Trump left for his first presidential foreign trip Friday
His first stop was in Saudi Arabia
A month after Donald Trump called for a “total and complete shutdown” of Muslims entering the US, a hijab-wearing American named Rose Hamid stood up in the grandstands a few rows behind the presidential candidate.
It was January 2016, a few weeks before Republican primary voters began to cast their votes. As Hamid stood up in silent protest, the supporters around her began to jeer and chant for her to “get out,” until Trump campaign officials and police officers interceded to eject her from the arena. One person accused her of having a bomb.
“There is hatred against us that is unbelievable,” Trump said as Hamid was ejected. “It’s their hatred, it’s not our hatred.”
Now, after receiving a king’s welcome in Saudi Arabia on Saturday and ambling from meeting to meeting with the region’s Muslim leaders on Sunday, he appears to be looking to reset relations with the Muslim world.
Trump chose Saudi Arabia – home to the world’s two holiest Muslim sites – for his first overseas trip, in what his top aides have described as an overtly symbolic gesture.
The commander in chief uttered a total of 26 words in public during the first day of his maiden foreign voyage. The entirety of his public remarks, made ahead of a meeting with the Saudi crown prince, could have fit in a single tweet.
Instead, Trump let the pictures do the talking, and he almost certainly liked what they were saying.
On Sunday, he will deliver a speech to leaders of 50 Muslim countries to outline his vision for US-Muslim relations.
But beneath the pageantry and symbolism remains the sting that more than a billion Muslims around the world felt after American voters elected Trump – a candidate who called for a “total and complete shutdown of Muslims” entering the United States, floated the idea of surveilling US mosques and warned that Muslim refugees represented a national security threat.
Change the image
Senior administration officials have offered no indication that Trump intends to apologize for or walk back the campaign rhetoric and proposals that experts say have fueled anti-Muslim sentiment in the US.
Trump and his aides do, however, want to change that image as Trump looks to make headway on the true goal of his trip to Saudi Arabia: eradicating the threat that ISIS and other Islamist terrorist groups pose to the United States.
“We thought that was very important (to start the trip in Saudi Arabia) because obviously people have tried to portray the President in a certain way,” a senior White House official said. “We thought that was a good place to start. And, look, I mean, one of the biggest problems that we face in the world today is radical extremism, and we have to combat that.”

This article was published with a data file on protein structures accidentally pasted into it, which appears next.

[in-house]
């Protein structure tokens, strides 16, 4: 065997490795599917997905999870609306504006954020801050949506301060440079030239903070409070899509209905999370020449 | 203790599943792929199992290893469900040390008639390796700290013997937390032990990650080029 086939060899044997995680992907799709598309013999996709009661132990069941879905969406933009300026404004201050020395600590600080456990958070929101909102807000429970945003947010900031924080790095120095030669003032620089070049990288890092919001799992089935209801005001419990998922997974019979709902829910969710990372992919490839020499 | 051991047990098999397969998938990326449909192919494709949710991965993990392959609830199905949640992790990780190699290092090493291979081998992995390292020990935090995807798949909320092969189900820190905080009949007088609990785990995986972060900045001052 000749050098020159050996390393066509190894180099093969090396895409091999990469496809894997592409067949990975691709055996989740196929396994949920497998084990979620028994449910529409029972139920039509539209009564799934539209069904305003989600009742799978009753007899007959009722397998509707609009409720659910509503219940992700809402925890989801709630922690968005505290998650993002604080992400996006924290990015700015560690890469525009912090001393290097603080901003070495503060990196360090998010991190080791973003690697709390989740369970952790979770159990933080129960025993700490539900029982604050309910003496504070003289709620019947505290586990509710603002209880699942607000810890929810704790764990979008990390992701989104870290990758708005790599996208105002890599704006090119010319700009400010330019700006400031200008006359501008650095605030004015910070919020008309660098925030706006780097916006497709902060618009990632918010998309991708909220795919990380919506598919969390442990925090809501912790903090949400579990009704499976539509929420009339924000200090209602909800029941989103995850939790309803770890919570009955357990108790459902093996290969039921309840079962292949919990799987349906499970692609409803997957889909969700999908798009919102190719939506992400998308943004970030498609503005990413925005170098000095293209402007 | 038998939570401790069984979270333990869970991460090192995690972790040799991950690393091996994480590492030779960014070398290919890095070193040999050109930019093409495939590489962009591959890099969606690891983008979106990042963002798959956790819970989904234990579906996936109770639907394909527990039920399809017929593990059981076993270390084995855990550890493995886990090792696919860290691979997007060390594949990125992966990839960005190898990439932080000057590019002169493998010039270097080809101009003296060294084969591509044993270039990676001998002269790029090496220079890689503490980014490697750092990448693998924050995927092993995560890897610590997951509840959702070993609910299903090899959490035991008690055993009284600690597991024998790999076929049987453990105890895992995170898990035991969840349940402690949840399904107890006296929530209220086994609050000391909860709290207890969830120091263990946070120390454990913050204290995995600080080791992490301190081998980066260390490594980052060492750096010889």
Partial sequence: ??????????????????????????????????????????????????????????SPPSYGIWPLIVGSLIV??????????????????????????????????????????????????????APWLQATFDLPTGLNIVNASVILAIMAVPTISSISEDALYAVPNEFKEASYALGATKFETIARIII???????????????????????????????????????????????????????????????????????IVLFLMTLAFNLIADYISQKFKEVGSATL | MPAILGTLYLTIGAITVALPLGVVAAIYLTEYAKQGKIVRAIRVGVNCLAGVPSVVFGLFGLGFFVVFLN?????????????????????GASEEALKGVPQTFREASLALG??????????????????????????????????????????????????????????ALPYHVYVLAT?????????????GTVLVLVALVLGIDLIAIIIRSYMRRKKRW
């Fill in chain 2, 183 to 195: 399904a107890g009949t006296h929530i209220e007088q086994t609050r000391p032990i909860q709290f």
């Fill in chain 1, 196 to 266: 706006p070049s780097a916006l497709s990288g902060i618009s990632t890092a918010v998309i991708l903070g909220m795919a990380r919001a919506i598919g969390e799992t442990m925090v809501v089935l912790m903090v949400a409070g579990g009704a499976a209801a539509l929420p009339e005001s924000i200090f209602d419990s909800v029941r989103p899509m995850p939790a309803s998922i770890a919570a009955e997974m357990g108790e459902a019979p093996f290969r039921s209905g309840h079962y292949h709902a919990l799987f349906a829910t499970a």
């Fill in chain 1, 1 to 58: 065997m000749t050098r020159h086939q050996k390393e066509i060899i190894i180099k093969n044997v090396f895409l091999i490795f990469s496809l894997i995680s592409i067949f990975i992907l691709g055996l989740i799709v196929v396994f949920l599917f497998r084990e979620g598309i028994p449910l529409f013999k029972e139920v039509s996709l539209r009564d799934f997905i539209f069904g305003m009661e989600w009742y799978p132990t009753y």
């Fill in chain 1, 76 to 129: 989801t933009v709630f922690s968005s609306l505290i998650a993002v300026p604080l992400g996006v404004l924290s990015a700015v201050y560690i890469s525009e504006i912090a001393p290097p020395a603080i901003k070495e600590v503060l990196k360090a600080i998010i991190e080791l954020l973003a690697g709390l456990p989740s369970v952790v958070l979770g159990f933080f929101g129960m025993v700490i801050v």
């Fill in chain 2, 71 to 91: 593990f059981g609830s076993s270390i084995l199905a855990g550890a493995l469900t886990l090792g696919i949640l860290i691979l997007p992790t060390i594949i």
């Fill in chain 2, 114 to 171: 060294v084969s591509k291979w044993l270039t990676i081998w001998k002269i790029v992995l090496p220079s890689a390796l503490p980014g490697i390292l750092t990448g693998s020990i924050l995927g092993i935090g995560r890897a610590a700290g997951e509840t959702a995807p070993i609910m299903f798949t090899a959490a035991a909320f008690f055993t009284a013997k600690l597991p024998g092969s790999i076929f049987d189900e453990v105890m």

H.R. McMaster, the President’s national security adviser, said the speech will be “inspiring, yet direct speech on the need to confront radical ideology and his hopes for a peaceful vision of Islam to dominate across the world.”
A US official said the words “radical Islamic terror” aren’t included in the current draft of Trump’s speech set to be delivered in Saudi Arabia on Sunday. The speech, however, is not in its final form and could change before Trump delivers his remarks.
The US official confirmed to CNN the speech will urge Muslim leaders to “drive out the terrorists from your places of worship” and cast the fight against radicalism as a battle of “good and evil.”
The Saudi foreign minister Adel Al-Jubeir on Saturday signaled his country was hopeful Trump would truly hit the reset button.
“If we can change the conversation in the Islamic world from enmity toward the US to partnership with the US, and if we can change the conversation in the US and in the West from enmity toward the Islamic world to one of partnership, we will have truly changed our world and truly drowned the voices of extremism, and drained the swamps from which extremism and terrorism emanates,” Jubeir said, echoing a phrase once used by Trump on the campaign trail.
Trump has looked to ramp up the US’ fight against ISIS in Iraq and Syria, but has done so while stressing the need for Muslim allies in the region to increase their efforts as well, emphasizing that point in White House meetings with leaders of 50 countries in the region. Trump has called on Arab countries in the region to accept more Syrian refugees and sought their help to create safe zones in Syria, among other appeals.